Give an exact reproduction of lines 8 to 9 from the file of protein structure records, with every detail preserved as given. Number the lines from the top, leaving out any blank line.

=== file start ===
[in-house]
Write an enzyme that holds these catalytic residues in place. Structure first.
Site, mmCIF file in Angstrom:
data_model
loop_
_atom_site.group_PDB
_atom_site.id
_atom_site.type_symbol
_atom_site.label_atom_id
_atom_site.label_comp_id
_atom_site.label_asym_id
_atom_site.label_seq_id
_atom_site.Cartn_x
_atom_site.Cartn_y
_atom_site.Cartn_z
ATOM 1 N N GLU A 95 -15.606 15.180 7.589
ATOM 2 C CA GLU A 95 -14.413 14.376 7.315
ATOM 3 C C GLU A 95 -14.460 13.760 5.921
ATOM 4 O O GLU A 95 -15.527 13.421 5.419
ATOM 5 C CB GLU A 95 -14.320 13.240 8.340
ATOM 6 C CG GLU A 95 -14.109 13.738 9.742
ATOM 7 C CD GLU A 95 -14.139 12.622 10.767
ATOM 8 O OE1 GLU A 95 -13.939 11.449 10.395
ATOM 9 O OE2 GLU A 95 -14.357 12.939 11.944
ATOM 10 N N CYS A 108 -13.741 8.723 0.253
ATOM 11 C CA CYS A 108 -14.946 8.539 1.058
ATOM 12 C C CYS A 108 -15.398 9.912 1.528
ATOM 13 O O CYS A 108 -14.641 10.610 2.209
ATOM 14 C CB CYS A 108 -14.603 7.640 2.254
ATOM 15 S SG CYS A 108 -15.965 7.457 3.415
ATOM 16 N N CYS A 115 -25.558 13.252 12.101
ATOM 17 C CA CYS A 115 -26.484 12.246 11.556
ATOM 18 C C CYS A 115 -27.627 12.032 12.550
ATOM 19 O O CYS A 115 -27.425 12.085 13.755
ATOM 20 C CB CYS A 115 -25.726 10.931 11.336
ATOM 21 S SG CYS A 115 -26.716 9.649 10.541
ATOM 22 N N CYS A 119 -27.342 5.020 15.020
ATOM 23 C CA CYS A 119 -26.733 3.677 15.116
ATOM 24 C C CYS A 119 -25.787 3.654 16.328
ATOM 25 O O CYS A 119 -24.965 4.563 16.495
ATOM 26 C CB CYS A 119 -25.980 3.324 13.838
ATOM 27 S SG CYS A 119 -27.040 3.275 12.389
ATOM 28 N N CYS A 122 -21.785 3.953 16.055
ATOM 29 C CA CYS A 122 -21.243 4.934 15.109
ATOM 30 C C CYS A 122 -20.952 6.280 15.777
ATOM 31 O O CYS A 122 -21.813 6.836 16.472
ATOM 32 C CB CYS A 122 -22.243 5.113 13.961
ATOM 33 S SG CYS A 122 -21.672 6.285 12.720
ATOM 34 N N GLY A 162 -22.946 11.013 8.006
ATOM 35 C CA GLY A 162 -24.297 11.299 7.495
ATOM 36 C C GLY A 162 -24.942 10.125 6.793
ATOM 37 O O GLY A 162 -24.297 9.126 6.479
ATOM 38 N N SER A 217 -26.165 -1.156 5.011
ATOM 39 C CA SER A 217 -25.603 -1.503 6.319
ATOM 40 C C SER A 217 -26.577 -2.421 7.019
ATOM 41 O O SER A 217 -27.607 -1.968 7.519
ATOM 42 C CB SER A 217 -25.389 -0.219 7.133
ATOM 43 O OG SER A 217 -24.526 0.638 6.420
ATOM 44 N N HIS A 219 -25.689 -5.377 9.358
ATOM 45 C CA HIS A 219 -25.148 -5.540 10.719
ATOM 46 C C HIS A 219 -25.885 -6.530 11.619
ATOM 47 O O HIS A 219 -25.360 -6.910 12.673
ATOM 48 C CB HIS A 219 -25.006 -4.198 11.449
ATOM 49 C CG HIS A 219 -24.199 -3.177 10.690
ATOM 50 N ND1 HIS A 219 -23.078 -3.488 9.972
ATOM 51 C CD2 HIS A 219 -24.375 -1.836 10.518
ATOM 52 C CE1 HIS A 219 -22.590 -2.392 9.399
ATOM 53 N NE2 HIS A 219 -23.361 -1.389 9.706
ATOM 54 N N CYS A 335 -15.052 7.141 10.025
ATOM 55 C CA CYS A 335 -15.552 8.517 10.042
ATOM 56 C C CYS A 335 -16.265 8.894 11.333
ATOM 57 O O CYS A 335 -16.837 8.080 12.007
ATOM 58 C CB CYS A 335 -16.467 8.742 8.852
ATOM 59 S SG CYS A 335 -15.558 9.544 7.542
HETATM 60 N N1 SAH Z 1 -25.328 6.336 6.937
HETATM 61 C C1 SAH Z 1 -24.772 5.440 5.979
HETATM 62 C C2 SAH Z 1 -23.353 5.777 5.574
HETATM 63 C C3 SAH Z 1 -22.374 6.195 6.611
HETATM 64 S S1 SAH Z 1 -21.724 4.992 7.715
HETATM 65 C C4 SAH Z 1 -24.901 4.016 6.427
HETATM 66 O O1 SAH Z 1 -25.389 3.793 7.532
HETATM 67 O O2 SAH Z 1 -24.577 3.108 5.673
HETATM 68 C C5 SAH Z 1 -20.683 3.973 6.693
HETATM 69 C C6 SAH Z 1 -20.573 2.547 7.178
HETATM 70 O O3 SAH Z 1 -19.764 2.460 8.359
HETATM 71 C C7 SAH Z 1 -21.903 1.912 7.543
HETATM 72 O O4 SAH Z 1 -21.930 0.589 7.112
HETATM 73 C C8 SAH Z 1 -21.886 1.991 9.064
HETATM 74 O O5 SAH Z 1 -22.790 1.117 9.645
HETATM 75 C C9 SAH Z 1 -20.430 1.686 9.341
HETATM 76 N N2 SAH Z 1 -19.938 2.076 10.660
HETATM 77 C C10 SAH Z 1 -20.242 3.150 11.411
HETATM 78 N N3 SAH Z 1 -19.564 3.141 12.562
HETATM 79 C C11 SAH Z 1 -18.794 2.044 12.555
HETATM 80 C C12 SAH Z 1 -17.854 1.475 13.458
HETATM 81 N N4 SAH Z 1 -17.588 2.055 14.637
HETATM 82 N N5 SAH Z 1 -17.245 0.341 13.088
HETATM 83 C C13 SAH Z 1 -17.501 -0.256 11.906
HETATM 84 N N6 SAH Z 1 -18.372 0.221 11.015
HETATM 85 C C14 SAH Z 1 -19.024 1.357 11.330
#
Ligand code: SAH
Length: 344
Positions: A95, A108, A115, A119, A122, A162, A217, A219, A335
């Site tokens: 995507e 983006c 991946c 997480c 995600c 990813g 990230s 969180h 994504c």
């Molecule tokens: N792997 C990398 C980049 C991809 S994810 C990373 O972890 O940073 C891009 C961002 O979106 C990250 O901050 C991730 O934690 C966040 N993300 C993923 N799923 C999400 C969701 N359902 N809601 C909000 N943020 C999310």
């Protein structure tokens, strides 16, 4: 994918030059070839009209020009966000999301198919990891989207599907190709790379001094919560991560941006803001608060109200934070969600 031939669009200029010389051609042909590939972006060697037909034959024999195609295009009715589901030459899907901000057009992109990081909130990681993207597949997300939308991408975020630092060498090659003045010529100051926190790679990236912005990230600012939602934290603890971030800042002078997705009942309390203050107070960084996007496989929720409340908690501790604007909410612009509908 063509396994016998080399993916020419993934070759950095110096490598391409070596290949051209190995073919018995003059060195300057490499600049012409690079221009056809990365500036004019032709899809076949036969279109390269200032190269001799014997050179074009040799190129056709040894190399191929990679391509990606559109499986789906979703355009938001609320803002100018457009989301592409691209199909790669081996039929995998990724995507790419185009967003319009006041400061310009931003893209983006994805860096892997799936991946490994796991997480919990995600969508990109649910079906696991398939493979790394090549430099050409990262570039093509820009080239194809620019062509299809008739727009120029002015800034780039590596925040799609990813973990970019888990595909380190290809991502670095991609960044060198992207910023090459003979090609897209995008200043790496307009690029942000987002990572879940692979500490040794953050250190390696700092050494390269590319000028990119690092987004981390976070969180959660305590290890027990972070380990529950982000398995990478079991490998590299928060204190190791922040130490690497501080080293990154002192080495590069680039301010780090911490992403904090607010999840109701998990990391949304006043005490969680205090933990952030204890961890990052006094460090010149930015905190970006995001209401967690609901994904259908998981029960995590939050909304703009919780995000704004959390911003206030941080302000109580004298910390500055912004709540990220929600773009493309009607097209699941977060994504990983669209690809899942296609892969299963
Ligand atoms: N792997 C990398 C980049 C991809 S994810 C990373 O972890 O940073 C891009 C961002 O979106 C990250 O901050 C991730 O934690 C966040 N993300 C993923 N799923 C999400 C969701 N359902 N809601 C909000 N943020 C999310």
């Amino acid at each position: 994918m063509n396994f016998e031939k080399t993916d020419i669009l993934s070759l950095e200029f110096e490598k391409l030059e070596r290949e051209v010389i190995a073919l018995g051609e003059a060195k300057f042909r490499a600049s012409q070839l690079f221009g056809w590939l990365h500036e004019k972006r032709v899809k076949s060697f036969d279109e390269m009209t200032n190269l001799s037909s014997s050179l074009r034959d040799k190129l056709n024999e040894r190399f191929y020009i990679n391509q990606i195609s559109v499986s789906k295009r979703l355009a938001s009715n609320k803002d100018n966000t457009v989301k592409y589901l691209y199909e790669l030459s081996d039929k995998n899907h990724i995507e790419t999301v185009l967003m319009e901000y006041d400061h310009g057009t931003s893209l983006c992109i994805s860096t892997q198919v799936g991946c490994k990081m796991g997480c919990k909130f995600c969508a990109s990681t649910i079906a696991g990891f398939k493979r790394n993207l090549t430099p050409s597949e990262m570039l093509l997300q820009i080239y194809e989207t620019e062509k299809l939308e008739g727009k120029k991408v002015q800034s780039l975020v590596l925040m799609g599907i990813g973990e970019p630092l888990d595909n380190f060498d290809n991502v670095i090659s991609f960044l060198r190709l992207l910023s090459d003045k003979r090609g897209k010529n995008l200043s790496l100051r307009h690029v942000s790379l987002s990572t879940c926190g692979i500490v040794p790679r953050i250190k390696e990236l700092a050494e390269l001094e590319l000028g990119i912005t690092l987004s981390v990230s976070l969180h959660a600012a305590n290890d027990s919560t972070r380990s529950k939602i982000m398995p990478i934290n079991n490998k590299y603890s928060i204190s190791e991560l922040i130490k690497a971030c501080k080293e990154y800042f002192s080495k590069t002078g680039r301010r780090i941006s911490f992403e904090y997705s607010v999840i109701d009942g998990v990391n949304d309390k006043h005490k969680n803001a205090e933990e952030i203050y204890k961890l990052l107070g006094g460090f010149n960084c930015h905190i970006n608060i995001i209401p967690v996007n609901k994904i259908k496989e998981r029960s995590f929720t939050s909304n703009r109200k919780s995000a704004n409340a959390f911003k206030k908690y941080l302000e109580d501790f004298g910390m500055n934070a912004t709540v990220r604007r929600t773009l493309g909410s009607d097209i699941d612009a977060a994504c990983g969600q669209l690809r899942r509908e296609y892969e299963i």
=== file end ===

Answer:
_atom_site.type_symbol
_atom_site.label_atom_id